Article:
During January, Turner Classic Movies, presented Shadows of Russia, a look at Russia and the Soviet Union as seen through Hollywood’s lens. This fascinating series was conceived and programmed by film blogger Self-Styled Siren and the New York Post’s Lou Lumenick.
Siren explains how it happened here.
Mission to Moscow (1943), based on the memoir of the same name by Joseph P. Davies, is, well, jaw dropping. Not because it’s so bad, which it is. But because it’s a piece of slick Stalinist propaganda produced by Warner Brothers.
How did this wretched film come into existence?
With the Soviet Union abandoning the Soviet-Nazi pact, and joining America and the allies against Germany and Japan, Roosevelt understood that the American people needed to be, um, reeducated in their attitude towards the Soviet menace. Thus, Roosevelt asked Hollywood to cooperate and produce films that cleared up all the alleged misunderstandings about totalitarian Soviet Communism and mass murdering Josef Stalin.
Or that’s the standard story. In Red Star Over Hollywood, Ronald and Allis Radosh report that:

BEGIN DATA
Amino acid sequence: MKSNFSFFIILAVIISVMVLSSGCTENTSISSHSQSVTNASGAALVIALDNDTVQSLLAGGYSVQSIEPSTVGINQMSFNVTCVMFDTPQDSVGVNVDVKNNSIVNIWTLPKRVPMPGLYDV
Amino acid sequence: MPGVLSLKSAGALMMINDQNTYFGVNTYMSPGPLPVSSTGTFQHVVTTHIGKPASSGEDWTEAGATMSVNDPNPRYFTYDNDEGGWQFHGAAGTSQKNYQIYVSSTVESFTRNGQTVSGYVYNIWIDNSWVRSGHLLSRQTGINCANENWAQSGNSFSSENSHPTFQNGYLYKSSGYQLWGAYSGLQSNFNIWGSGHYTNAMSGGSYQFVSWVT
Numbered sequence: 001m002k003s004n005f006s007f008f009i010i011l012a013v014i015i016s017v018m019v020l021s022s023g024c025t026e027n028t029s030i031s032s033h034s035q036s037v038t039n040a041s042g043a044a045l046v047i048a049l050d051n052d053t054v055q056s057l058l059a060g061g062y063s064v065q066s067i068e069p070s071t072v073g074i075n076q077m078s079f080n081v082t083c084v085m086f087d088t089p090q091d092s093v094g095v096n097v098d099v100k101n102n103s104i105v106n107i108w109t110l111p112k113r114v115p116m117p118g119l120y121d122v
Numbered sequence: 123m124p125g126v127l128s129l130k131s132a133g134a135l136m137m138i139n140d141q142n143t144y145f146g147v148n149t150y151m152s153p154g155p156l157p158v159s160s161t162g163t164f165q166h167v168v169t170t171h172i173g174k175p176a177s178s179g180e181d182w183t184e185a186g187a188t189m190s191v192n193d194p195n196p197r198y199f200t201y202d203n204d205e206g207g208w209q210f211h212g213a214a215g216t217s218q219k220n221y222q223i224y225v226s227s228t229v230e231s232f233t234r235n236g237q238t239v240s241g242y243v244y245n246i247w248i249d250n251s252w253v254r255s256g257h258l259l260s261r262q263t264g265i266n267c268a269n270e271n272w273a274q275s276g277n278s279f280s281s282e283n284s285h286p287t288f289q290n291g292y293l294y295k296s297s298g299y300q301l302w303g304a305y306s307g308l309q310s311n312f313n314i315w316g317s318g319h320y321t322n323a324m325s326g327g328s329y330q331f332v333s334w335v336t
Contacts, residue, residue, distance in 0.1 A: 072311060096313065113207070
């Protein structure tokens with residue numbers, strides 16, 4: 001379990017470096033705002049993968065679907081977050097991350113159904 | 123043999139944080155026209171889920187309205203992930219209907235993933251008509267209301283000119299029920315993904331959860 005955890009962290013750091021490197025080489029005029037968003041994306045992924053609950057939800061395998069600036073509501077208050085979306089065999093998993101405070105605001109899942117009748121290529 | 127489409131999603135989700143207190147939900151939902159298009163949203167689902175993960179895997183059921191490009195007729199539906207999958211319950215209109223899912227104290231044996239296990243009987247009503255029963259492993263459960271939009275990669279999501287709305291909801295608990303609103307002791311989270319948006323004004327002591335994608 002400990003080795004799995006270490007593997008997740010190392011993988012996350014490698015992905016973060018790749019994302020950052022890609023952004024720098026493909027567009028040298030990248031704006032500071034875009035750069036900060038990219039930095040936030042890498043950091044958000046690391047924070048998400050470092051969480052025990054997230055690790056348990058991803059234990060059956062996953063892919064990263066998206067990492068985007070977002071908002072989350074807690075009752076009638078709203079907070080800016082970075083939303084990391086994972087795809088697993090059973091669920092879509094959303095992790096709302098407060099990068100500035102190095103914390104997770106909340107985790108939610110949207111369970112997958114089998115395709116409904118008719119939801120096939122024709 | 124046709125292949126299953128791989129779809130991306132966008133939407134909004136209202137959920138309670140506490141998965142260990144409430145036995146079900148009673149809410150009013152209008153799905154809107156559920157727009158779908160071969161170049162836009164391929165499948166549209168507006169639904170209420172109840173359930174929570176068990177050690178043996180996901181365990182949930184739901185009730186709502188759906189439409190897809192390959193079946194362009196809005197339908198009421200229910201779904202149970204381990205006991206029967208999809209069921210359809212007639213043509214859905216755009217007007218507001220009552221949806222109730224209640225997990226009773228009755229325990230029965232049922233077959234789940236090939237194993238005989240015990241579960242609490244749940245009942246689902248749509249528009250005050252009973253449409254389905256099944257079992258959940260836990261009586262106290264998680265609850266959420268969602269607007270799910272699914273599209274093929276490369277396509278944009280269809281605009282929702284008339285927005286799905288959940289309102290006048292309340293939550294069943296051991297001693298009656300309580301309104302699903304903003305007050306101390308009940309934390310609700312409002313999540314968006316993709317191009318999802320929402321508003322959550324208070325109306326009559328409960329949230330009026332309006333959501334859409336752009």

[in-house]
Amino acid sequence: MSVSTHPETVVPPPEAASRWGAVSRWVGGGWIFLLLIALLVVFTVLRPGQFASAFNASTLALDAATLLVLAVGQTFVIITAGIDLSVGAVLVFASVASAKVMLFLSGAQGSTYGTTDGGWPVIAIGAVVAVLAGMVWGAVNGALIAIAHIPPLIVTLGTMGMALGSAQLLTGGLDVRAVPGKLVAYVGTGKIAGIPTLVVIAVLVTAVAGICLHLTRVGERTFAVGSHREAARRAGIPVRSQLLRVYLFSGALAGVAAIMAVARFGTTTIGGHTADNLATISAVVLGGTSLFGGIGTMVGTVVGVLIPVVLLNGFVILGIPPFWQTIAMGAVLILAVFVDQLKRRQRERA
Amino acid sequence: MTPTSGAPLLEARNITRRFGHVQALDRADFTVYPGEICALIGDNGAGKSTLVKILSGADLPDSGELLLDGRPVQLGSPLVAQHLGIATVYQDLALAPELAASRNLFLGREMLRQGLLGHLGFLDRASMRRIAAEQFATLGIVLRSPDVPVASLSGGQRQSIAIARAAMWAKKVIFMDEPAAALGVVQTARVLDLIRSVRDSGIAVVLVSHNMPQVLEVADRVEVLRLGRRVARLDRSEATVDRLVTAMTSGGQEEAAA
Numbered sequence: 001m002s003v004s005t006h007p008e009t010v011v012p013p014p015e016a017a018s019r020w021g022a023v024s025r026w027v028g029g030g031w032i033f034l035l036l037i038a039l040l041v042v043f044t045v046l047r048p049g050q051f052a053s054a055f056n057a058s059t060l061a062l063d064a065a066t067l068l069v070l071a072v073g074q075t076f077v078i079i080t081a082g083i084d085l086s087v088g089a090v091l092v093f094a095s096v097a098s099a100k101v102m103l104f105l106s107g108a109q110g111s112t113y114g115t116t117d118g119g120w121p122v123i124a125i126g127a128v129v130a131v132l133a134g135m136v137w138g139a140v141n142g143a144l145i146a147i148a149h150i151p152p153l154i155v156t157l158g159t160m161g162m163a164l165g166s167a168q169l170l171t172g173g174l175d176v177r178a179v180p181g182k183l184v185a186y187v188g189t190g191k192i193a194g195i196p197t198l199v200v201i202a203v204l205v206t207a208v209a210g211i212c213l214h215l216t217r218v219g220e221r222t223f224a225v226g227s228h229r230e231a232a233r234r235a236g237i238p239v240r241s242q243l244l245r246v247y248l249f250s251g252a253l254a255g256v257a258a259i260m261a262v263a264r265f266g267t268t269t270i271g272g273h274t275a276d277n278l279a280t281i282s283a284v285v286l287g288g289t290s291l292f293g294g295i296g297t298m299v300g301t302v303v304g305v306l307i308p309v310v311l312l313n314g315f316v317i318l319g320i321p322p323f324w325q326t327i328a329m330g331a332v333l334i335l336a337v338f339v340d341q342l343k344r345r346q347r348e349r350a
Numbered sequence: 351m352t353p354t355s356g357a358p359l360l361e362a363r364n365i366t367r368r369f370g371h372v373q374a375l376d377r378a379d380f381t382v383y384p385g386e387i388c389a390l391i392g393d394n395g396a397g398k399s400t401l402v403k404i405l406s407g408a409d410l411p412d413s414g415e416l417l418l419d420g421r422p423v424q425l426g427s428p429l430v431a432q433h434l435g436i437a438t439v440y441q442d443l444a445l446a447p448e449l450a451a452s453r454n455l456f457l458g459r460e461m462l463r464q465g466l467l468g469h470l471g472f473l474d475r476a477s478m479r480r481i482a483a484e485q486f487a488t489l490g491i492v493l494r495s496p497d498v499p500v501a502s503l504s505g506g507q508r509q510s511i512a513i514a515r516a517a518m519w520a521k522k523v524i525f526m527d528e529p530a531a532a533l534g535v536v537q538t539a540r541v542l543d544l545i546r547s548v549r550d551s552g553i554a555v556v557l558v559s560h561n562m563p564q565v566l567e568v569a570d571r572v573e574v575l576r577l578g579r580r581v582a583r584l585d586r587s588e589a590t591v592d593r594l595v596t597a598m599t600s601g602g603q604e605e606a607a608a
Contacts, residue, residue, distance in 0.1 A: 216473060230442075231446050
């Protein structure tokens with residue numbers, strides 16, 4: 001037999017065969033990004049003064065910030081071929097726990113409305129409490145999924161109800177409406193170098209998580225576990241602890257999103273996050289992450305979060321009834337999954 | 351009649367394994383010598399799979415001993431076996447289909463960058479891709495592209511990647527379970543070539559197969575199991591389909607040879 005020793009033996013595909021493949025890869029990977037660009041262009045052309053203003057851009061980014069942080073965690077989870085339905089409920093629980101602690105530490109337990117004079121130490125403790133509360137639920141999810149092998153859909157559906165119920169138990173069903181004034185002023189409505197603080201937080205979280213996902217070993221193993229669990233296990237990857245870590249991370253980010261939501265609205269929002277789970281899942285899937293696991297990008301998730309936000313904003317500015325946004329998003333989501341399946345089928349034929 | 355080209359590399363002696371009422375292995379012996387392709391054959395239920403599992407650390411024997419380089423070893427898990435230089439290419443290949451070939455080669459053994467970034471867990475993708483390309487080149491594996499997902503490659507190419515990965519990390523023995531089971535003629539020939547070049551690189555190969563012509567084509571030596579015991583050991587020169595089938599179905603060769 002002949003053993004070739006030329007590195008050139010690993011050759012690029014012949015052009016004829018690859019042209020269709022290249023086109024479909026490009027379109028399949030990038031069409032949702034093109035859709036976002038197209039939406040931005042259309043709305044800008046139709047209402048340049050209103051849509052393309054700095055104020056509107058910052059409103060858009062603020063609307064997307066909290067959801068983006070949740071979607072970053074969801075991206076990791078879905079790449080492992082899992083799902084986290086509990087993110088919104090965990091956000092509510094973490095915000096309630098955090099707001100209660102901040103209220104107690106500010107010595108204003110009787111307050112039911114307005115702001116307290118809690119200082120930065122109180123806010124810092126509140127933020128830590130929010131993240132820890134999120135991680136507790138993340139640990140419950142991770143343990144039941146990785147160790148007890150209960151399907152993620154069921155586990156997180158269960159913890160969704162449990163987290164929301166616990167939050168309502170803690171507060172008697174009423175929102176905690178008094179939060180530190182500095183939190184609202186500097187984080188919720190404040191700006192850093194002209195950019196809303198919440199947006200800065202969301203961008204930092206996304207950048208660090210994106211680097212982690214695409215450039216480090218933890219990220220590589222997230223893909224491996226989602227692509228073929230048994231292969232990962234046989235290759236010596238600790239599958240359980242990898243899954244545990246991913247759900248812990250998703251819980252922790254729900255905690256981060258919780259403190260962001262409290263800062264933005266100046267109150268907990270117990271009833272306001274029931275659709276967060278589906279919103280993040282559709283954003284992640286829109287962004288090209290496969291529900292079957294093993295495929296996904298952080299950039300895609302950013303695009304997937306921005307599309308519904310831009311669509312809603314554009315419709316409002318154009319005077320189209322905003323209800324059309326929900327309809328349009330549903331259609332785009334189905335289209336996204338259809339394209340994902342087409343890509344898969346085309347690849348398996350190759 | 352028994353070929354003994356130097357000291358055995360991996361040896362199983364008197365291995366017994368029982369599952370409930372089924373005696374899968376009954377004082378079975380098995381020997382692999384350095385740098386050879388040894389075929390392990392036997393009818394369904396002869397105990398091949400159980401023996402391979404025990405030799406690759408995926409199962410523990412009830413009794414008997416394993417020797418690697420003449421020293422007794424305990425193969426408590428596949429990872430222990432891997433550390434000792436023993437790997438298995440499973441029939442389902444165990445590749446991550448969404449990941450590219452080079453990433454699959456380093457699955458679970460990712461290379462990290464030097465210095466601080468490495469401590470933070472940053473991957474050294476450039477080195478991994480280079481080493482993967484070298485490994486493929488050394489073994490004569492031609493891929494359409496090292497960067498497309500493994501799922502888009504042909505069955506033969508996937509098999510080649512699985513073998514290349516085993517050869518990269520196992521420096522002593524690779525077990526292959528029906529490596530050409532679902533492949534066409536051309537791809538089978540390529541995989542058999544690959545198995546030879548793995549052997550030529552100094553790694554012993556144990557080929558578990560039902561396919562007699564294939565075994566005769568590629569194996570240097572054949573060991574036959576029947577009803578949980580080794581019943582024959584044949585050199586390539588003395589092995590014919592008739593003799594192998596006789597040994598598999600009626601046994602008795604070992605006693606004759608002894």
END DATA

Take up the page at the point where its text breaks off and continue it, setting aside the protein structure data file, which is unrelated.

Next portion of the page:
In a newspaper interview, Davies said that it was he who had approached Harry Warner about the book, after other film companies had shown interest. If it was to be a movie, he told Warner, “I want you to make it.” Warner agreed, and Davies was paid $25,000.
Whatever the truth of the film’s genesis, using Davies 1941 memoir, Hollywood went to work.
A credulous dupe, Davies, Roosevelt’s ambassador to the Soviet Union, was, like New York Times correspondent Walter Duranty, a reliable apologist for Communism and Stalin’s murderous policies. Davies was, as Lenin famously labeled Western liberals, “a useful idiot.”
Most shocking in Davies memoir is the treatment of the Moscow show trials that took place between 1936 and 1938. In a major purge, Stalin accused the old Bolshevik leaders of plotting with Nazi Germany to overthrow the Soviet regime. The defendants were primarily old buddies of Lenin who had been celebrated as the first heroes of the Soviet Revolution. They were now accused of working with Trotsky to sabotage industry, assassinate Stalin, and bring down the Soviet regime.
The charges were absurd and most of the defendants were executed. Their confessions are lovingly rendered in a courtroom scene that paints the Soviets as scrupulous jurists. In fact, the hapless defendants were drugged, horribly tortured and told that their families would be murdered unless they confessed.
To read the complete article, head on over to Big Hollywood.